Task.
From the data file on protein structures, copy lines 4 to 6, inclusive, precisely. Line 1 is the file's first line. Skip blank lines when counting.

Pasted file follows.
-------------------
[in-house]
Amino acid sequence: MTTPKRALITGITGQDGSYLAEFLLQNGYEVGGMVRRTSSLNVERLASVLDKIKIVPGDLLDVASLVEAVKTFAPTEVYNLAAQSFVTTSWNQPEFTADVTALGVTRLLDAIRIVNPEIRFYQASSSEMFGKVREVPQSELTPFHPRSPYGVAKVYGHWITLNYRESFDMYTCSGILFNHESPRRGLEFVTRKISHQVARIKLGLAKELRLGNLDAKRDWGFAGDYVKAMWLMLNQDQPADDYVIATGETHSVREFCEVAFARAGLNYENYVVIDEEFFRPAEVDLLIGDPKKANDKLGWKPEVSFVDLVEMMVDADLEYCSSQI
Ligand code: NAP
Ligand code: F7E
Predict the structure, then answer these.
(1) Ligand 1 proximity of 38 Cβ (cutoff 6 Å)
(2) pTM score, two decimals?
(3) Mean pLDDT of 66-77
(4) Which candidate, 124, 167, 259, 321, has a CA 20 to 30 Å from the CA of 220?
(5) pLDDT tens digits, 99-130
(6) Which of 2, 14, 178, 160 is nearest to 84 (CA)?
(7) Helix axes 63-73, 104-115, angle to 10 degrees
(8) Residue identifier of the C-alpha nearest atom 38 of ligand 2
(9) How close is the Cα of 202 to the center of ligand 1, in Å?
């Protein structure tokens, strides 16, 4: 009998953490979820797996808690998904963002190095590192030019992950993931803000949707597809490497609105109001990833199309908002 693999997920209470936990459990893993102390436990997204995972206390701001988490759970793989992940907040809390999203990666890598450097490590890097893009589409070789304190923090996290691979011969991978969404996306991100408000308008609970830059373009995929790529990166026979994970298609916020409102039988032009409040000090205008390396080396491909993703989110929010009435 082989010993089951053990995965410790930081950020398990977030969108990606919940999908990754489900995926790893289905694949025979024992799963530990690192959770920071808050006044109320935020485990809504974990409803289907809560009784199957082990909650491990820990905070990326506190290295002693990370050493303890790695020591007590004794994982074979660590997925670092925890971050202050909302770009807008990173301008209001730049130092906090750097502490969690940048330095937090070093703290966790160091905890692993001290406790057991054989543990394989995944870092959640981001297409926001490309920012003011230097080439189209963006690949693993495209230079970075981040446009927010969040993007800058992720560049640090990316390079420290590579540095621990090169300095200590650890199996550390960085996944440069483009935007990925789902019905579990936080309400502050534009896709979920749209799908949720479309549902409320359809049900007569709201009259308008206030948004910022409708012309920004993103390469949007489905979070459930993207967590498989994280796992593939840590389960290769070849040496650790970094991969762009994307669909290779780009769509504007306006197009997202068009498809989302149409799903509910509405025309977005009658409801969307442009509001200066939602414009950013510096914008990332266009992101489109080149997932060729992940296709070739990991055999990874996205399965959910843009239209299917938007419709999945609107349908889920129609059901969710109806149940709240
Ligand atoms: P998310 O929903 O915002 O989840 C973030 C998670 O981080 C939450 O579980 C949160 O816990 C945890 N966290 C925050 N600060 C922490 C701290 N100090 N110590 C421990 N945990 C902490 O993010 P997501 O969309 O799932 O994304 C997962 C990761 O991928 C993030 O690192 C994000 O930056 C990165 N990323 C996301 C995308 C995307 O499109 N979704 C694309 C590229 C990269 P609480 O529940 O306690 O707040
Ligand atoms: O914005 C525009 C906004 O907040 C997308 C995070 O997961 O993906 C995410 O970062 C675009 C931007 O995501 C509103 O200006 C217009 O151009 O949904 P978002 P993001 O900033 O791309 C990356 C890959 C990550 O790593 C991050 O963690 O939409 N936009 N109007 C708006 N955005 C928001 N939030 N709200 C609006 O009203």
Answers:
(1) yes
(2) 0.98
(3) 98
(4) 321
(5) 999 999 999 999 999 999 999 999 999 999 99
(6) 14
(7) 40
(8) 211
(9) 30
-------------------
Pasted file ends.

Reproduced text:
Ligand code: F7E
Predict the structure, then answer these.
(1) Ligand 1 proximity of 38 Cβ (cutoff 6 Å)